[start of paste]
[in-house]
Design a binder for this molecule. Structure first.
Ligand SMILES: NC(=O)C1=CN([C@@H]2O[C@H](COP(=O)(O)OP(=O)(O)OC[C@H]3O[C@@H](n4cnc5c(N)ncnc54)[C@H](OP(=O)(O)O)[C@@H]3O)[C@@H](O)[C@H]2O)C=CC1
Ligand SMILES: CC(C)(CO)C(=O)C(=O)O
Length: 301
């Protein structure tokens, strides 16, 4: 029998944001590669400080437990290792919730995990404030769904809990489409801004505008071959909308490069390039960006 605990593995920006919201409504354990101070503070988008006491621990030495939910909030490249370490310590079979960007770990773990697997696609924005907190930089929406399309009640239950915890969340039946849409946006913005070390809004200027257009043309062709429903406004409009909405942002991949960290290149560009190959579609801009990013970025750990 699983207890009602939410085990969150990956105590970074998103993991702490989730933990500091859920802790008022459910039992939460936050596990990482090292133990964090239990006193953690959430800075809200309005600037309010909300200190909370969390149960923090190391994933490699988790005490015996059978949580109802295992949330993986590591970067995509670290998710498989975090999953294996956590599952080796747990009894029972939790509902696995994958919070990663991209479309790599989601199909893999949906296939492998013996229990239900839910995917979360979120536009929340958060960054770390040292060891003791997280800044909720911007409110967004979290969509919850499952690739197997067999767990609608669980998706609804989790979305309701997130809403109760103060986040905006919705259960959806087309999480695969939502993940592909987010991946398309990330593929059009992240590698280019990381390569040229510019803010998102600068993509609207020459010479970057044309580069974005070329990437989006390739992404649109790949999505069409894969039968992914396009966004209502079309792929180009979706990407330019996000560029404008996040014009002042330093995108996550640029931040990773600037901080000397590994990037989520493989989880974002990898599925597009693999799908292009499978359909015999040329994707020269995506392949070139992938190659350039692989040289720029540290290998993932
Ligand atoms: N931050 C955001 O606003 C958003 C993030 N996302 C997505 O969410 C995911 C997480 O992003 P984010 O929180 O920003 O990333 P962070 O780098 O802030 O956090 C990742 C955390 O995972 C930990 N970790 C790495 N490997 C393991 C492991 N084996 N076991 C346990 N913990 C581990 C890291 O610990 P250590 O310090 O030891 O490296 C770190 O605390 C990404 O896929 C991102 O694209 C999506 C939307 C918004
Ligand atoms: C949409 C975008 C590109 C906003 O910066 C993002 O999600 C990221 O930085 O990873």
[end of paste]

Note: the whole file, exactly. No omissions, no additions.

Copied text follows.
[in-house]
Design a binder for this molecule. Structure first.
Ligand SMILES: NC(=O)C1=CN([C@@H]2O[C@H](COP(=O)(O)OP(=O)(O)OC[C@H]3O[C@@H](n4cnc5c(N)ncnc54)[C@H](OP(=O)(O)O)[C@@H]3O)[C@@H](O)[C@H]2O)C=CC1
Ligand SMILES: CC(C)(CO)C(=O)C(=O)O
Length: 301
């Protein structure tokens, strides 16, 4: 029998944001590669400080437990290792919730995990404030769904809990489409801004505008071959909308490069390039960006 605990593995920006919201409504354990101070503070988008006491621990030495939910909030490249370490310590079979960007770990773990697997696609924005907190930089929406399309009640239950915890969340039946849409946006913005070390809004200027257009043309062709429903406004409009909405942002991949960290290149560009190959579609801009990013970025750990 699983207890009602939410085990969150990956105590970074998103993991702490989730933990500091859920802790008022459910039992939460936050596990990482090292133990964090239990006193953690959430800075809200309005600037309010909300200190909370969390149960923090190391994933490699988790005490015996059978949580109802295992949330993986590591970067995509670290998710498989975090999953294996956590599952080796747990009894029972939790509902696995994958919070990663991209479309790599989601199909893999949906296939492998013996229990239900839910995917979360979120536009929340958060960054770390040292060891003791997280800044909720911007409110967004979290969509919850499952690739197997067999767990609608669980998706609804989790979305309701997130809403109760103060986040905006919705259960959806087309999480695969939502993940592909987010991946398309990330593929059009992240590698280019990381390569040229510019803010998102600068993509609207020459010479970057044309580069974005070329990437989006390739992404649109790949999505069409894969039968992914396009966004209502079309792929180009979706990407330019996000560029404008996040014009002042330093995108996550640029931040990773600037901080000397590994990037989520493989989880974002990898599925597009693999799908292009499978359909015999040329994707020269995506392949070139992938190659350039692989040289720029540290290998993932
Ligand atoms: N931050 C955001 O606003 C958003 C993030 N996302 C997505 O969410 C995911 C997480 O992003 P984010 O929180 O920003 O990333 P962070 O780098 O802030 O956090 C990742 C955390 O995972 C930990 N970790 C790495 N490997 C393991 C492991 N084996 N076991 C346990 N913990 C581990 C890291 O610990 P250590 O310090 O030891 O490296 C770190 O605390 C990404 O896929 C991102 O694209 C999506 C939307 C918004
Ligand atoms: C949409 C975008 C590109 C906003 O910066 C993002 O999600 C990221 O930085 O990873």